In a revealing Twitter thread, school principal Greg Moffitt explained what his experience has been like as an educator over the past 96 weeks.
Throughout the course of the ongoing pandemic, educators have been disregarded as essential frontline workers. Despite the risk they take when going into school campuses to ensure children can continue their learning, school teachers and principals alike have not been given the resources they need to do their jobs safely and with purpose. In a now-viral Twitter thread, one school principal shared what it was like to live a day in his life right now. Greg Moffitt, an elementary school principal, explained the anxieties, sadness, and moments of hope that educators like him experience on a day-to-day basis.
For Moffitt, his day actually begins the night before when staff members get in touch with him to let him know they will be out the next day. "You hope they're okay and remind them to put the absence in the online management system in the hope that a sub will pick it up," he wrote. "You go to sleep. The alarm goes off. There's no time to hit snooze so you jump up and make the coffee. You check your email and then you check the online absence report. 10-20 staff will be out." According to the principal, it has been like this every day for a while now.
He continued, "So you make another cup of coffee and you start the three-dimensional puzzle of figuring out how to cover. How to make it work. How to keep the school building open. Safely." He is responsible for answering several questions at this point, such as what meetings he will cancel that day so he can cover lessons, what intervention groups may get canceled, which teachers will go without prep, which teachers will not be equipped with a paraeducator in the room, and so on. Once he has answers to these overlapping questions, he leaves for school.
"By the time you get there, another staff member calls out," he stated. "A district-wide sub-emergency is declared and the district office sends all the available program coordinators, directors, and assistant superintendents to help." Moffitt then described how he has to play multiple roles at a time when the students start filing in. Some of these roles include the crossing guard, student monitor, behavior assistant, and even server at lunchtime. He added, "In between, you administer as many rapid antigen tests as you can. So that kids can return to school. So that kids can stay in school. So that kids who are going home sick might be able to come back." And of course, he is constantly washing his hands and changing masks all day long.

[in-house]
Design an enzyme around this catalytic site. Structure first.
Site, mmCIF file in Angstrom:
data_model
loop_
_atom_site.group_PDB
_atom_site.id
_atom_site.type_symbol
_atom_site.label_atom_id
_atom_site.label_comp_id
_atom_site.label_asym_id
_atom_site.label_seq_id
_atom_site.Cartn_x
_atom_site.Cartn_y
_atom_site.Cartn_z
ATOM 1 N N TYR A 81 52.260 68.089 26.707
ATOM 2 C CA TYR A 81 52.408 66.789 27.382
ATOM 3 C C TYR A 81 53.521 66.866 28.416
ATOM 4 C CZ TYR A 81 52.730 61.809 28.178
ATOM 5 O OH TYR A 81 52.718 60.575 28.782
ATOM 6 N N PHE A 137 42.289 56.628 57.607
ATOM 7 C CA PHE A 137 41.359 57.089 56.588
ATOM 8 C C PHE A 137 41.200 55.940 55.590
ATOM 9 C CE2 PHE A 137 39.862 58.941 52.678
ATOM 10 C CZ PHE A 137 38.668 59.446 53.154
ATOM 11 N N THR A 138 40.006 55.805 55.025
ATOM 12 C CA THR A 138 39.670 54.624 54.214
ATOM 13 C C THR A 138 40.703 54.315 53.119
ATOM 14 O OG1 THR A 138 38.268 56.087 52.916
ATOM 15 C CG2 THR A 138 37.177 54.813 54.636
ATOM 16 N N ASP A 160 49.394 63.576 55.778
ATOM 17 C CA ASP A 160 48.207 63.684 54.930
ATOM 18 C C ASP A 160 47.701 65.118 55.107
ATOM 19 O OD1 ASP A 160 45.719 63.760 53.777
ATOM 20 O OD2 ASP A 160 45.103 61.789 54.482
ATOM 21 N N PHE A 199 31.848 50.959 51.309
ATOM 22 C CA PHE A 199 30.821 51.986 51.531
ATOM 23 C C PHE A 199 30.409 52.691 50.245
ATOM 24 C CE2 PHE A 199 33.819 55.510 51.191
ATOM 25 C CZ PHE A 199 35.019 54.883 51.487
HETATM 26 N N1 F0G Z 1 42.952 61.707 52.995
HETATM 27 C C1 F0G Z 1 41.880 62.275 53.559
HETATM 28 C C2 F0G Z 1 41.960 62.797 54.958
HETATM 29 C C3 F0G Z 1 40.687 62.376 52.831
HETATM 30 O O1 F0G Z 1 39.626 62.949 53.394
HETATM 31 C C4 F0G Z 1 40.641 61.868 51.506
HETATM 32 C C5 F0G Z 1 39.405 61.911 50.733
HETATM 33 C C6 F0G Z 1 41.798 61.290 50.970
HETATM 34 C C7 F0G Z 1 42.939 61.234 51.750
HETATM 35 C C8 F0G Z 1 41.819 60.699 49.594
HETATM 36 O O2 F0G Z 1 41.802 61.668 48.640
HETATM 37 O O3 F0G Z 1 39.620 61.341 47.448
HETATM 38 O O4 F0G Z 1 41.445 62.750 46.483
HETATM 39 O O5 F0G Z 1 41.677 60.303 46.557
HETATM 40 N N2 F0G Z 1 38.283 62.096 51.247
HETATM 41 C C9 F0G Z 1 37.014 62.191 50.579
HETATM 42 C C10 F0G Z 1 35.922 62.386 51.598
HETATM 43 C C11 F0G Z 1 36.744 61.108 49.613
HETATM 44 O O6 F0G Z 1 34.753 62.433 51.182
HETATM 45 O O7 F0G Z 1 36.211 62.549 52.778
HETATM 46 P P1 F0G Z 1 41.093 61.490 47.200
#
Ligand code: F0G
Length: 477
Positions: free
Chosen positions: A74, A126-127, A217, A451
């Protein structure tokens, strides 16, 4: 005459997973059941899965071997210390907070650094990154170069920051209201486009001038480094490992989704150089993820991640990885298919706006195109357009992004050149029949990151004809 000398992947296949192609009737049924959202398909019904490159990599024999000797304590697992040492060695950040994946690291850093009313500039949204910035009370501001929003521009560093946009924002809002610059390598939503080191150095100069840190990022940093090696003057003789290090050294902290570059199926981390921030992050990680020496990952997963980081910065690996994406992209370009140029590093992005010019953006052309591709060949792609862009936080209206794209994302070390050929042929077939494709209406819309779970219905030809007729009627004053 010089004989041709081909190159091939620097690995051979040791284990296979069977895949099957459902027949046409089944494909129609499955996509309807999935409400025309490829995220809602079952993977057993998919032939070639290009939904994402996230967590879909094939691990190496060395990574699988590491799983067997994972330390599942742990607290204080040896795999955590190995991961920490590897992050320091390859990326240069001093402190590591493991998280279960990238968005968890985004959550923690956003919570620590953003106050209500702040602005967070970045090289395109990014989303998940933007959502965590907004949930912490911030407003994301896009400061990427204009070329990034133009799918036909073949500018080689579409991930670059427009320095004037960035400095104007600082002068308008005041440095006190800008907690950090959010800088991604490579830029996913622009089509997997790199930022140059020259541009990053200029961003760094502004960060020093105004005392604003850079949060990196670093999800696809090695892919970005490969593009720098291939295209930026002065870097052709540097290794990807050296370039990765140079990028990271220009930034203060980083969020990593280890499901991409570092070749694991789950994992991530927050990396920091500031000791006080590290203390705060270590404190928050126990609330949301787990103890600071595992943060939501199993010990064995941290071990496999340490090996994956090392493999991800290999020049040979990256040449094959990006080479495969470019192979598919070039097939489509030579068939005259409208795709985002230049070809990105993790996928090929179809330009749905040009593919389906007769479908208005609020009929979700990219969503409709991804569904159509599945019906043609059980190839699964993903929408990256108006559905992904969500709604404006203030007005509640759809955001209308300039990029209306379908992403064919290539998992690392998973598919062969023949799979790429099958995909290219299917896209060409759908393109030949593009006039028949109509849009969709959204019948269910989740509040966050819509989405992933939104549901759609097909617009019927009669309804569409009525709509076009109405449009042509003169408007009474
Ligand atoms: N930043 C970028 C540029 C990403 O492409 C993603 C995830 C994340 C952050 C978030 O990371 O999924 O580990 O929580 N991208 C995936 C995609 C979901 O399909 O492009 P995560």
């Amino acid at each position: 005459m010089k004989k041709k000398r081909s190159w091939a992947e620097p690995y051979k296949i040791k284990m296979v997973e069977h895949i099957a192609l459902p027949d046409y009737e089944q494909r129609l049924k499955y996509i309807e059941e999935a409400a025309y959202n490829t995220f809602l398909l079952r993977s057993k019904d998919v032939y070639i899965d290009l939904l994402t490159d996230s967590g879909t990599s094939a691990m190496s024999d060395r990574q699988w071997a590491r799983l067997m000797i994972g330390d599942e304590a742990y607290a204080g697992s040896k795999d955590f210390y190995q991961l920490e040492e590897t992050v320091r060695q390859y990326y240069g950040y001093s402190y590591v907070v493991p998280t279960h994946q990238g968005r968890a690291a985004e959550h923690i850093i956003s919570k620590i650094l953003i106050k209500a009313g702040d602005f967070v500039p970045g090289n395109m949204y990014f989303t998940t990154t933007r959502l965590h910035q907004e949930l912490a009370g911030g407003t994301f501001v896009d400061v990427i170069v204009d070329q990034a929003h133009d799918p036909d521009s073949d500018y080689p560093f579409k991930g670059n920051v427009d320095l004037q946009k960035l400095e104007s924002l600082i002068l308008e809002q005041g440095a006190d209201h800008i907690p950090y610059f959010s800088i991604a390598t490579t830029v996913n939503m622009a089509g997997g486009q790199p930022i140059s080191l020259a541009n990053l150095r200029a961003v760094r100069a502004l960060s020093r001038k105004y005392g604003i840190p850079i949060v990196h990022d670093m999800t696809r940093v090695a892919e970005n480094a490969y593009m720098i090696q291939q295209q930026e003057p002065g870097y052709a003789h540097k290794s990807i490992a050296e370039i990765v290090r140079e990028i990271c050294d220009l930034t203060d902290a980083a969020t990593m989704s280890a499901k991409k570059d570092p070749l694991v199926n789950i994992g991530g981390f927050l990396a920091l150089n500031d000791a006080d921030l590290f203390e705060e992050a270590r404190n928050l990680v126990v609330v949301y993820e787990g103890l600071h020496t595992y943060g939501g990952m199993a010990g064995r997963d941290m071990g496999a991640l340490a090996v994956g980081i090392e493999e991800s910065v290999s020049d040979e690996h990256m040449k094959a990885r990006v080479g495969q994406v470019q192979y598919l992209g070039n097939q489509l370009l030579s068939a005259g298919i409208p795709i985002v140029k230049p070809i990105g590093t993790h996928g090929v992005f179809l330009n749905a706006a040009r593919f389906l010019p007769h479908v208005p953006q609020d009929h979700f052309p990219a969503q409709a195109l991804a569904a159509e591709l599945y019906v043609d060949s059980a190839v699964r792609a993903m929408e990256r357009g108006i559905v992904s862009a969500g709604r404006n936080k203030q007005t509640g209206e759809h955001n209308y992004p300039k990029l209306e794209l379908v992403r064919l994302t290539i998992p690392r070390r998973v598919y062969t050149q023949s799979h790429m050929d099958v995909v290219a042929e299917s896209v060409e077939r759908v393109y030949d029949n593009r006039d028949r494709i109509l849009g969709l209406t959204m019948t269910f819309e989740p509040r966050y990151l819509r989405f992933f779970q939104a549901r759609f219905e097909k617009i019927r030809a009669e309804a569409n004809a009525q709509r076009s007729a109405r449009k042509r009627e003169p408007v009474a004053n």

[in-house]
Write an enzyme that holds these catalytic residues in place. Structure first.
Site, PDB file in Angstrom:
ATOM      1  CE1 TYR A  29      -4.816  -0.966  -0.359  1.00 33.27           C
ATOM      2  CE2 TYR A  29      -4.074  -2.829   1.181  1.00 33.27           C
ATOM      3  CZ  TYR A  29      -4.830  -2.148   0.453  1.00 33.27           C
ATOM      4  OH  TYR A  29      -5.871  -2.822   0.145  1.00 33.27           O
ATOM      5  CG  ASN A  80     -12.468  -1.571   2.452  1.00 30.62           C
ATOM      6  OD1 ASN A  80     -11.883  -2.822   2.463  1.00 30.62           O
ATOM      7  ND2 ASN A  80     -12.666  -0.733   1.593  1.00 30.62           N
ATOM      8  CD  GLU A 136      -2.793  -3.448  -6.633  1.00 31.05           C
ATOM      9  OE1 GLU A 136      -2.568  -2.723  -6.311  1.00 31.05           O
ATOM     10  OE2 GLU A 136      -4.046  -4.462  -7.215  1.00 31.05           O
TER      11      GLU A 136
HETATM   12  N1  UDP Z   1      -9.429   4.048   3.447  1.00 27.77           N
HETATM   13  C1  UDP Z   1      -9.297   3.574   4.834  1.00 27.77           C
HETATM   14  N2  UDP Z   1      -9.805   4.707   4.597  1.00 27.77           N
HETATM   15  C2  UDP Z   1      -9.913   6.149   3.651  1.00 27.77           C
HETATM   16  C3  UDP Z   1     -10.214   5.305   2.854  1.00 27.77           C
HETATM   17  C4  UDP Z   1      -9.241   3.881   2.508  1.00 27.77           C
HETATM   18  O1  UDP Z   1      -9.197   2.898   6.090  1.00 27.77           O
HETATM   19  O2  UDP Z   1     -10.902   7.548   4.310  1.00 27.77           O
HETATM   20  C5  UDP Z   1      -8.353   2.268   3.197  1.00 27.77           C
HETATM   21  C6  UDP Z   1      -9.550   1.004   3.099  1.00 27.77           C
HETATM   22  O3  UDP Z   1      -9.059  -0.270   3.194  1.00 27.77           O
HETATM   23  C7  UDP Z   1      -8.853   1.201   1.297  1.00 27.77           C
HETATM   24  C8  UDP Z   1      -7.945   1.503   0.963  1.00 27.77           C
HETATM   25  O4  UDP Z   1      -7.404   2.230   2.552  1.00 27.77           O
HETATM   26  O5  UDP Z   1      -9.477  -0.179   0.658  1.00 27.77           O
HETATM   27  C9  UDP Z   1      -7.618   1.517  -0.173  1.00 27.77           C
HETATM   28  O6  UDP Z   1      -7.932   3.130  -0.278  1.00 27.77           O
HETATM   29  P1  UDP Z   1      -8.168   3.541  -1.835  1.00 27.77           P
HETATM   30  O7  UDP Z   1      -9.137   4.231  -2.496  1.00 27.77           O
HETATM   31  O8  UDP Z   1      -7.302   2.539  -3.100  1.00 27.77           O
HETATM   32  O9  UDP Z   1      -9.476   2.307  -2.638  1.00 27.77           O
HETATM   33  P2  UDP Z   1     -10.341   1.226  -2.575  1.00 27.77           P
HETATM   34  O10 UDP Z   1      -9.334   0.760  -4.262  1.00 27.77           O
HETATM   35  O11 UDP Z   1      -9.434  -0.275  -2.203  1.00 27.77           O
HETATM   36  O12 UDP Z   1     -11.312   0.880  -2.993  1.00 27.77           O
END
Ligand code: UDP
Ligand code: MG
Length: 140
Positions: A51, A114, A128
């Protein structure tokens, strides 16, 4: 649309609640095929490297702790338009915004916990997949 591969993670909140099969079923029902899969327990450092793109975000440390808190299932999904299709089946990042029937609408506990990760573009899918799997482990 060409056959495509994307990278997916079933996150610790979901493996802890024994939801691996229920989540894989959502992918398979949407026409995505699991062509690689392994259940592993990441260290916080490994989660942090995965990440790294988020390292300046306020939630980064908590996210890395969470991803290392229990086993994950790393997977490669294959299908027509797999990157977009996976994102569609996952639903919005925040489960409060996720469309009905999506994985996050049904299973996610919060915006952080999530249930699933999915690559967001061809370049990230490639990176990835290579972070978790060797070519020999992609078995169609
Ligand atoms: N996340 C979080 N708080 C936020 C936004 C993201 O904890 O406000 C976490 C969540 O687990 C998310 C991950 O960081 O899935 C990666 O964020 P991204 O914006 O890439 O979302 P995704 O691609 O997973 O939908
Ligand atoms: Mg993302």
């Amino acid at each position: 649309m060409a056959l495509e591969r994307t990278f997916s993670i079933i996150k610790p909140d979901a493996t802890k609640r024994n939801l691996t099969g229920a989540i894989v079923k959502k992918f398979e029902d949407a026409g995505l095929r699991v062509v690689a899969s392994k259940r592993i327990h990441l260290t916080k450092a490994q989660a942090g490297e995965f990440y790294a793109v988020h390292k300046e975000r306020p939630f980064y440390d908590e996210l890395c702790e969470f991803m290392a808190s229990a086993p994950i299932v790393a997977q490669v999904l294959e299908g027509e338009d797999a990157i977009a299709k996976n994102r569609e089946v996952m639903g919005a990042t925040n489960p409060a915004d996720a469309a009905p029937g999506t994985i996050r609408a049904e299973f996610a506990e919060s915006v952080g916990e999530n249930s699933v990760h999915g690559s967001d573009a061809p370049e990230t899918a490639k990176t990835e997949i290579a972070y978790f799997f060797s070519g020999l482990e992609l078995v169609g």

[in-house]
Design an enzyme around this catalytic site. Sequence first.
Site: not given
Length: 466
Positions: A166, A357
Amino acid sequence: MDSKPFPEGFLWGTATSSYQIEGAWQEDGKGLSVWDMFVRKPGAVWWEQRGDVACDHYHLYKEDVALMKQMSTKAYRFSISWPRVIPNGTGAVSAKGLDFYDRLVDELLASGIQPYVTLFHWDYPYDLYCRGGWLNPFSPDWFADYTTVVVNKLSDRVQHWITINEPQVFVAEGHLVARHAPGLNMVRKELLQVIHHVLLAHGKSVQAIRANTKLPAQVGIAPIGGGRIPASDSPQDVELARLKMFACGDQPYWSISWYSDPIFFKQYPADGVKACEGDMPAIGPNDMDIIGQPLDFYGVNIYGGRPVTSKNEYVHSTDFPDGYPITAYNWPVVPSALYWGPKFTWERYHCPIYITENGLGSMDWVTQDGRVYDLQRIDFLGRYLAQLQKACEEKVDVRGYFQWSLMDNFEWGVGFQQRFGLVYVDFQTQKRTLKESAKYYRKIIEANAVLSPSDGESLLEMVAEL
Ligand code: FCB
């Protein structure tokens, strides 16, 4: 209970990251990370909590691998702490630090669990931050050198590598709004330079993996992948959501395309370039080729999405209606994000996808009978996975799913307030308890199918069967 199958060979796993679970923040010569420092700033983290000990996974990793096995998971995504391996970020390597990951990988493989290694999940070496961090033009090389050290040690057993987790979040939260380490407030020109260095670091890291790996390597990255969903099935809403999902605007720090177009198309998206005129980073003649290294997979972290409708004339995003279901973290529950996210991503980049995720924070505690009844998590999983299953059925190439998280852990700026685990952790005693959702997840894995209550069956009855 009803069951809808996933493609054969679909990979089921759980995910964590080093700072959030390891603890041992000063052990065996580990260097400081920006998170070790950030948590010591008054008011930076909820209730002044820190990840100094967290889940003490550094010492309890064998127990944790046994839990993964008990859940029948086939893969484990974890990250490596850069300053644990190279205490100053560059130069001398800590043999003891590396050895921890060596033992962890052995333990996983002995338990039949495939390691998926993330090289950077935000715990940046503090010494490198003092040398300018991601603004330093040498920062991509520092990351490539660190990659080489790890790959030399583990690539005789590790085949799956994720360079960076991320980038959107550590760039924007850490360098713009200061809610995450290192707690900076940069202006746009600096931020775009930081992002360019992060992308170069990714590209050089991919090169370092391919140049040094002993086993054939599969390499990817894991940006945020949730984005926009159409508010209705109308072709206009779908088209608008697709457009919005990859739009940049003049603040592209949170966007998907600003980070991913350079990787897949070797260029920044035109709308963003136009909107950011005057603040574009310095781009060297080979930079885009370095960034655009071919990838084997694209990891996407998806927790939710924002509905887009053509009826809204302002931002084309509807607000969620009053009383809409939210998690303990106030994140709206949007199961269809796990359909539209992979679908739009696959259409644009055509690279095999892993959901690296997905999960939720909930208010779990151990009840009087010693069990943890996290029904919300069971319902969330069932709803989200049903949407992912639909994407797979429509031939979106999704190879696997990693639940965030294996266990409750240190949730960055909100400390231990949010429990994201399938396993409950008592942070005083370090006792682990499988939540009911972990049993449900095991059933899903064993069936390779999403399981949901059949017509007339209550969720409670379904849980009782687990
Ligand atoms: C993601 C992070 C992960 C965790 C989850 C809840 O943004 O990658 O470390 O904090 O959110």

As you would assume, the principal has very little time to himself. Even when he does have free time, he is usually spending it updating safety plans, revising accountability plans, and documenting how his school has spent its extended learning opportunity funds. He shared, "You listen to the phone message from the parent worried about their child and read the email from the teacher worried about their student and you try to respond. With empathy. With reassurance. With hope." Additionally, his day is filled with meetings with the assistant principal, school counselors, and the intervention team which handles all the kids experiencing crises.
Finally, Moffitt preps the morning video announcements for the next day before he heads home. "You try to put on a brave face and smile," he described. "You try and figure out a way to let the kids know that we've got this when you honestly don't know if you do. And then the day repeats all over again." Unfortunately, due to all his new responsibilities, he rarely gets the time to go into the classroom to see the kids and teachers. He stated, "You try to celebrate them. Appreciate them. But you can't. Not today. You'll try again tomorrow." The principal, who has been following this routine for 96 weeks now, concluded with a message for those who interact with educators. "If you are thankful for something they've done, let them know," he encouraged.